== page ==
J Endocrinol Invest. 2008 Jan
Differences in dyslipidemia between American and Italian women with polycystic ovary syndrome.
Essah PA, Nestler JE, Carmina E.
Department of Internal Medicine, Virginia Commonwealth University School of Medicine, Richmond, Virginia, USA.
BACKGROUND: Dyslipidemia is a common metabolic complication in polycystic ovary syndrome (PCOS). The aim of this study was to determine if differences exist in dyslipidemia in women with PCOS from different ethnic and geographical backgrounds.
CONCLUSIONS: Variations in body weight alone do not fully explain differences in dyslipidemia in women of diverse ethnic and geographical backgrounds. Genetic and environmental factors, such as diet and activity level, likely contribute to these differences.
METHODS: This retrospective study evaluated the serum fasting lipid profiles of 106 women with PCOS from the United States and 108 women with PCOS from Italy evaluated at endocrinology clinics.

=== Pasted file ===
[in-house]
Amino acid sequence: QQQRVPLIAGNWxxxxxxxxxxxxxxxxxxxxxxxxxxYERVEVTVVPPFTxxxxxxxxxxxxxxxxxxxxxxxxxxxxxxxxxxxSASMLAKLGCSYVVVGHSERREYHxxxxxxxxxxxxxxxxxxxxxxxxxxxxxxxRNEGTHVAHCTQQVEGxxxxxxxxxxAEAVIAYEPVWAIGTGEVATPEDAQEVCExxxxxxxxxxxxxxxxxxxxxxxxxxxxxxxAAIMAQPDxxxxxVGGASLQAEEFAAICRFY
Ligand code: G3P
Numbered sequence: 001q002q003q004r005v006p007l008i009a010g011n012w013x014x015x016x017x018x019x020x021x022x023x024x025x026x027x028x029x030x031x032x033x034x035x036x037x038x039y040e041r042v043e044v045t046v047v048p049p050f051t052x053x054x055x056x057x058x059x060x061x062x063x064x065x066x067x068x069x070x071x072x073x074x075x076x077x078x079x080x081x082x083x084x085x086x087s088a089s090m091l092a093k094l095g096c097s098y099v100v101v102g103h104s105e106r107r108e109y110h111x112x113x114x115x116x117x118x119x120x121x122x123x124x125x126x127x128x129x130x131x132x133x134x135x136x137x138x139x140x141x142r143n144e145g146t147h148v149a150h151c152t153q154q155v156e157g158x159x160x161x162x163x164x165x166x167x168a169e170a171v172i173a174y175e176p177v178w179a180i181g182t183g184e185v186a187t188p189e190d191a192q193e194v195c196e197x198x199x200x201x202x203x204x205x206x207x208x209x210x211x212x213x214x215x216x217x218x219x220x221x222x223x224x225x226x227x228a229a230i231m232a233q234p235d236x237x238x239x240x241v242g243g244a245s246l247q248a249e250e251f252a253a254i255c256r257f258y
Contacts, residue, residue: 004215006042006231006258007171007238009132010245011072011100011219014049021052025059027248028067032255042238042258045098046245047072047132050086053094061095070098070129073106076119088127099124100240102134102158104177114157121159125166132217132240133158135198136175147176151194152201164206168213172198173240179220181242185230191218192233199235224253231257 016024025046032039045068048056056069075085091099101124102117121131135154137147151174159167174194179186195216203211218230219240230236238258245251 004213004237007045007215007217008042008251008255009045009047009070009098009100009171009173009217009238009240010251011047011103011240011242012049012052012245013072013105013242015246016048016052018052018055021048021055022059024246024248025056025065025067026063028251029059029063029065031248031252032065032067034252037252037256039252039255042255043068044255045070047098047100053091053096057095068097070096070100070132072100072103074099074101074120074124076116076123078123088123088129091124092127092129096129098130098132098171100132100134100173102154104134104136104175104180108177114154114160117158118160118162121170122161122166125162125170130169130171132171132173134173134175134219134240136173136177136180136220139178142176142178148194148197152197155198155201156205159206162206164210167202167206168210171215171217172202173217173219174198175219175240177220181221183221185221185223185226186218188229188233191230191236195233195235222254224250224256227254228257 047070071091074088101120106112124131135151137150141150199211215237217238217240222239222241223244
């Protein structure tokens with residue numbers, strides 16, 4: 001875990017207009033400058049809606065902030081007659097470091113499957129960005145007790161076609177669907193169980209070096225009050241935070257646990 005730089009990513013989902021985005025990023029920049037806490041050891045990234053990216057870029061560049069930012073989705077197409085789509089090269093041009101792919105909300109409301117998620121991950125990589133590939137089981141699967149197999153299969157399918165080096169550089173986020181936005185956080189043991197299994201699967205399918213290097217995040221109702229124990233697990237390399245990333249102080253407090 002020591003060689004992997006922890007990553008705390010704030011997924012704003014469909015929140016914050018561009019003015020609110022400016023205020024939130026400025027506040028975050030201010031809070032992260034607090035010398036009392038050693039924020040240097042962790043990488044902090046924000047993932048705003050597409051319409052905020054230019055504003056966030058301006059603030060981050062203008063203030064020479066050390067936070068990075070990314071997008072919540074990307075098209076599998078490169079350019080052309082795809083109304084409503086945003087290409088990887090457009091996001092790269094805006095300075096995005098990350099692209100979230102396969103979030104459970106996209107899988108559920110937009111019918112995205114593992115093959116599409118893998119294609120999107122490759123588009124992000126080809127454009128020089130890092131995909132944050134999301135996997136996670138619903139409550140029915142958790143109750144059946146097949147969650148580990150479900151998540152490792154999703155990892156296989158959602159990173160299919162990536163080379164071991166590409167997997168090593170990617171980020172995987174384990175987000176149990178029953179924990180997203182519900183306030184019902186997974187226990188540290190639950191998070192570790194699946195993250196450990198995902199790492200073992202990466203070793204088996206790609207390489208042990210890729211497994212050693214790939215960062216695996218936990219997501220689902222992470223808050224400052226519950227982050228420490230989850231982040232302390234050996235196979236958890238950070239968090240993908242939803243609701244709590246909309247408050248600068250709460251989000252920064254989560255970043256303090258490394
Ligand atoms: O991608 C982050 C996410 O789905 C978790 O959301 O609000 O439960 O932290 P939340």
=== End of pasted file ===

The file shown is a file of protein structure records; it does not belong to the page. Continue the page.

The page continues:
RESULTS: American women had higher mean body mass index than Italian women (36.1+/-8.6 vs 28.1+/-5.8 kg/m2, p<0.01). Low HDL-cholesterol was the most prevalent lipid abnormality in both populations. U.S. women had higher mean levels of serum total cholesterol, LDL-cholesterol, and triglycerides, and lower mean serum HDL-cholesterol. Most of these differences were due to differences in weight. After controlling for differences in weight and age, fasting serum triglycerides remained higher in U.S. women compared with Italian women [131.1 mg/dl, SE=7.8, 95% confidence interval =(115.7, 146.5) vs 99.3, SE=8.4, 95% confidence interval =(82.9, 115.8)].